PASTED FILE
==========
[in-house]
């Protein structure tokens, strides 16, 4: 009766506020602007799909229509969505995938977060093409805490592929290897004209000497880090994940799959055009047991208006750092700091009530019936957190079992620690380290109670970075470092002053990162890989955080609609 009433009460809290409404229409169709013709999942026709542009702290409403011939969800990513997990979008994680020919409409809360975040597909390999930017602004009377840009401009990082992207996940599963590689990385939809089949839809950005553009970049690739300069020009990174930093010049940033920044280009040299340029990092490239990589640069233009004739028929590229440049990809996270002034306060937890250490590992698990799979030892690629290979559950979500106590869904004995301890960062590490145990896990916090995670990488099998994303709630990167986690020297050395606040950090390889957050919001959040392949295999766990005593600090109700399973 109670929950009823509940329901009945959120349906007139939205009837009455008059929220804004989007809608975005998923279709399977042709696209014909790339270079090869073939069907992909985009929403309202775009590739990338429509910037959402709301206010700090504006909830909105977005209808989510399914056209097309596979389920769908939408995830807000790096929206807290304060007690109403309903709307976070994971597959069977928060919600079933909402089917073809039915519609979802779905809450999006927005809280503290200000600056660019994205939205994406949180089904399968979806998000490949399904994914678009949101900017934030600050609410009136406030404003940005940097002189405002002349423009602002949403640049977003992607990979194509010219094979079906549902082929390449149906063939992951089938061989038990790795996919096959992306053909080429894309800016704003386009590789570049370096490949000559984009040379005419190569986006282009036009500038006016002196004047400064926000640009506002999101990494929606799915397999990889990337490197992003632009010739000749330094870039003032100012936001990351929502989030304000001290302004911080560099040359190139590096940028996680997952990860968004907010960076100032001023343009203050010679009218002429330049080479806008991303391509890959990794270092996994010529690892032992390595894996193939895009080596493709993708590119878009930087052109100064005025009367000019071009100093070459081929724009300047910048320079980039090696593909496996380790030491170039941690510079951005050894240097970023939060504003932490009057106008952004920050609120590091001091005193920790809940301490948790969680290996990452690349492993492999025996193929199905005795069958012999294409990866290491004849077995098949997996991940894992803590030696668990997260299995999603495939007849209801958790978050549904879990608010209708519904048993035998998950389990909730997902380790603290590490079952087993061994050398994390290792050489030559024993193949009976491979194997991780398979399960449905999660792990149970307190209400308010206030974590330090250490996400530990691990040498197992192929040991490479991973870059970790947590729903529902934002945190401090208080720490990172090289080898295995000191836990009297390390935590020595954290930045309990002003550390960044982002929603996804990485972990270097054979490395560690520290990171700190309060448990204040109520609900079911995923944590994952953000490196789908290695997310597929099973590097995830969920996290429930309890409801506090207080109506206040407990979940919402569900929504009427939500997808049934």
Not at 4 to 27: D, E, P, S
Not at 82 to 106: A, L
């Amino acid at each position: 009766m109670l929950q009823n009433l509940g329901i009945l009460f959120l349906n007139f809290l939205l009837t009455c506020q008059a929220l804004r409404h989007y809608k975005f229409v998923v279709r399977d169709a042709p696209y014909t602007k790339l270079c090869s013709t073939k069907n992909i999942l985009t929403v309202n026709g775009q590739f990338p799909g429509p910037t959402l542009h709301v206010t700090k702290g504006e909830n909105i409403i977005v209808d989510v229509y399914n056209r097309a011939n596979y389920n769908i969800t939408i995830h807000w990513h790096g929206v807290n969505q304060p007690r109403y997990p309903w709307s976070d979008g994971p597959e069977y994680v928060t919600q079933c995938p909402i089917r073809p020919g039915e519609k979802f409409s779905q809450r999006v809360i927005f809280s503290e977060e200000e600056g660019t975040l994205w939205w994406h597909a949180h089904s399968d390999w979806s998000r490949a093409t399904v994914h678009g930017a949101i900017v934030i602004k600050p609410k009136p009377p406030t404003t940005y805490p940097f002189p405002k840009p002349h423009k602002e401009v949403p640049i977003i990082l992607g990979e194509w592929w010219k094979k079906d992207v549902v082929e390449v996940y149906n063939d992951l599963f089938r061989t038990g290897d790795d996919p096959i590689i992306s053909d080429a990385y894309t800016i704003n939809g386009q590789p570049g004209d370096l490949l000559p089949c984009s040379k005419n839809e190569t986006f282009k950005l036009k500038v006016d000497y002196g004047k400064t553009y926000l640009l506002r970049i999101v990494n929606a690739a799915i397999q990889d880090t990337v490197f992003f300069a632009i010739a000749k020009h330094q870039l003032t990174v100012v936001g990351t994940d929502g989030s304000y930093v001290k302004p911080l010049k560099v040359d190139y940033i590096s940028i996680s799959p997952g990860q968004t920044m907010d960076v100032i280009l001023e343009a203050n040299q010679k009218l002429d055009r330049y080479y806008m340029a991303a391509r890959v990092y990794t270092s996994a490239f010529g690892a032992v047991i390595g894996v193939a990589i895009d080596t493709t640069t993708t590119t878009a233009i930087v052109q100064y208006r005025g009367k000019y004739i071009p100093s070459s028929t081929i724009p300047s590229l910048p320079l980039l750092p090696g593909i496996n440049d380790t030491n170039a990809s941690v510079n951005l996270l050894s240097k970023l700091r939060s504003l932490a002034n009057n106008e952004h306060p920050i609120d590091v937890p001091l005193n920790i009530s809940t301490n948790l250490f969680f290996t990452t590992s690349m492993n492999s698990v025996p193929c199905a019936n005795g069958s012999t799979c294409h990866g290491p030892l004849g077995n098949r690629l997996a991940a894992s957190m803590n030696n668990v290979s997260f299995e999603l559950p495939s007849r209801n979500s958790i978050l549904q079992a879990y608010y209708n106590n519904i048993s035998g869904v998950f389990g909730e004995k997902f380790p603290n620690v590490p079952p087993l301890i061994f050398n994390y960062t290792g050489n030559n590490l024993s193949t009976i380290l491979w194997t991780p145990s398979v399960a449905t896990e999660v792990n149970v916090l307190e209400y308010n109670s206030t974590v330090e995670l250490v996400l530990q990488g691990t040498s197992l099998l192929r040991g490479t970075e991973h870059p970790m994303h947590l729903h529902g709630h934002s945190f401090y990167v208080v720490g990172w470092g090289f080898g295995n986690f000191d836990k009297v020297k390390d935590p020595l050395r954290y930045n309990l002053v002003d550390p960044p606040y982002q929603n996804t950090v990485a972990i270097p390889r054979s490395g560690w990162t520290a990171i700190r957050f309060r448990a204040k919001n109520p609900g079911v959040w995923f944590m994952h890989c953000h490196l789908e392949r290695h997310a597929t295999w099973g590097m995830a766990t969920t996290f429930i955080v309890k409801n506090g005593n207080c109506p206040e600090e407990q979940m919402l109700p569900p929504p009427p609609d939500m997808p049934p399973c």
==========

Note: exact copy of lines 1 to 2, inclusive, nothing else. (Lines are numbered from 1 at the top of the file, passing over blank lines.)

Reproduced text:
[in-house]
């Protein structure tokens, strides 16, 4: 009766506020602007799909229509969505995938977060093409805490592929290897004209000497880090994940799959055009047991208006750092700091009530019936957190079992620690380290109670970075470092002053990162890989955080609609 009433009460809290409404229409169709013709999942026709542009702290409403011939969800990513997990979008994680020919409409809360975040597909390999930017602004009377840009401009990082992207996940599963590689990385939809089949839809950005553009970049690739300069020009990174930093010049940033920044280009040299340029990092490239990589640069233009004739028929590229440049990809996270002034306060937890250490590992698990799979030892690629290979559950979500106590869904004995301890960062590490145990896990916090995670990488099998994303709630990167986690020297050395606040950090390889957050919001959040392949295999766990005593600090109700399973 109670929950009823509940329901009945959120349906007139939205009837009455008059929220804004989007809608975005998923279709399977042709696209014909790339270079090869073939069907992909985009929403309202775009590739990338429509910037959402709301206010700090504006909830909105977005209808989510399914056209097309596979389920769908939408995830807000790096929206807290304060007690109403309903709307976070994971597959069977928060919600079933909402089917073809039915519609979802779905809450999006927005809280503290200000600056660019994205939205994406949180089904399968979806998000490949399904994914678009949101900017934030600050609410009136406030404003940005940097002189405002002349423009602002949403640049977003992607990979194509010219094979079906549902082929390449149906063939992951089938061989038990790795996919096959992306053909080429894309800016704003386009590789570049370096490949000559984009040379005419190569986006282009036009500038006016002196004047400064926000640009506002999101990494929606799915397999990889990337490197992003632009010739000749330094870039003032100012936001990351929502989030304000001290302004911080560099040359190139590096940028996680997952990860968004907010960076100032001023343009203050010679009218002429330049080479806008991303391509890959990794270092996994010529690892032992390595894996193939895009080596493709993708590119878009930087052109100064005025009367000019071009100093070459081929724009300047910048320079980039090696593909496996380790030491170039941690510079951005050894240097970023939060504003932490009057106008952004920050609120590091001091005193920790809940301490948790969680290996990452690349492993492999025996193929199905005795069958012999294409990866290491004849077995098949997996991940894992803590030696668990997260299995999603495939007849209801958790978050549904879990608010209708519904048993035998998950389990909730997902380790603290590490079952087993061994050398994390290792050489030559024993193949009976491979194997991780398979399960449905999660792990149970307190209400308010206030974590330090250490996400530990691990040498197992192929040991490479991973870059970790947590729903529902934002945190401090208080720490990172090289080898295995000191836990009297390390935590020595954290930045309990002003550390960044982002929603996804990485972990270097054979490395560690520290990171700190309060448990204040109520609900079911995923944590994952953000490196789908290695997310597929099973590097995830969920996290429930309890409801506090207080109506206040407990979940919402569900929504009427939500997808049934």